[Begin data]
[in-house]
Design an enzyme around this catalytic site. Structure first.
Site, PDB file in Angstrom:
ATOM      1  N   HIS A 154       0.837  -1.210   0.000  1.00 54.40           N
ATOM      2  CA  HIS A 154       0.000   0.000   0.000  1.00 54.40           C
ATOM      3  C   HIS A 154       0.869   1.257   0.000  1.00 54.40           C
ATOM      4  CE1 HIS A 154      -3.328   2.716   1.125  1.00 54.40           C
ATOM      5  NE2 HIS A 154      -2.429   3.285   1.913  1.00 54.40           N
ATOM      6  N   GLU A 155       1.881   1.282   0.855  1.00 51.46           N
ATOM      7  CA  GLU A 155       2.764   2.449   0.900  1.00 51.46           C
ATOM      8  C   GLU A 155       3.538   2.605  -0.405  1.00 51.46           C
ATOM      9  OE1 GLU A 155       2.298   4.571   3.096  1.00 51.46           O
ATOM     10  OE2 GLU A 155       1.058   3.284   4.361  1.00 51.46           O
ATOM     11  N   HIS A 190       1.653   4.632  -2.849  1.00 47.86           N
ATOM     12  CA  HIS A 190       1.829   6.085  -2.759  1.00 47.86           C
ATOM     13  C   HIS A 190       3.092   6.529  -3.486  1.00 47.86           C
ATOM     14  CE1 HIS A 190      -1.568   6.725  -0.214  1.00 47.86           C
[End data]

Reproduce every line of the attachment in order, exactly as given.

[in-house]
Design an enzyme around this catalytic site. Structure first.
Site, PDB file in Angstrom:
ATOM      1  N   HIS A 154       0.837  -1.210   0.000  1.00 54.40           N
ATOM      2  CA  HIS A 154       0.000   0.000   0.000  1.00 54.40           C
ATOM      3  C   HIS A 154       0.869   1.257   0.000  1.00 54.40           C
ATOM      4  CE1 HIS A 154      -3.328   2.716   1.125  1.00 54.40           C
ATOM      5  NE2 HIS A 154      -2.429   3.285   1.913  1.00 54.40           N
ATOM      6  N   GLU A 155       1.881   1.282   0.855  1.00 51.46           N
ATOM      7  CA  GLU A 155       2.764   2.449   0.900  1.00 51.46           C
ATOM      8  C   GLU A 155       3.538   2.605  -0.405  1.00 51.46           C
ATOM      9  OE1 GLU A 155       2.298   4.571   3.096  1.00 51.46           O
ATOM     10  OE2 GLU A 155       1.058   3.284   4.361  1.00 51.46           O
ATOM     11  N   HIS A 190       1.653   4.632  -2.849  1.00 47.86           N
ATOM     12  CA  HIS A 190       1.829   6.085  -2.759  1.00 47.86           C
ATOM     13  C   HIS A 190       3.092   6.529  -3.486  1.00 47.86           C
ATOM     14  CE1 HIS A 190      -1.568   6.725  -0.214  1.00 47.86           C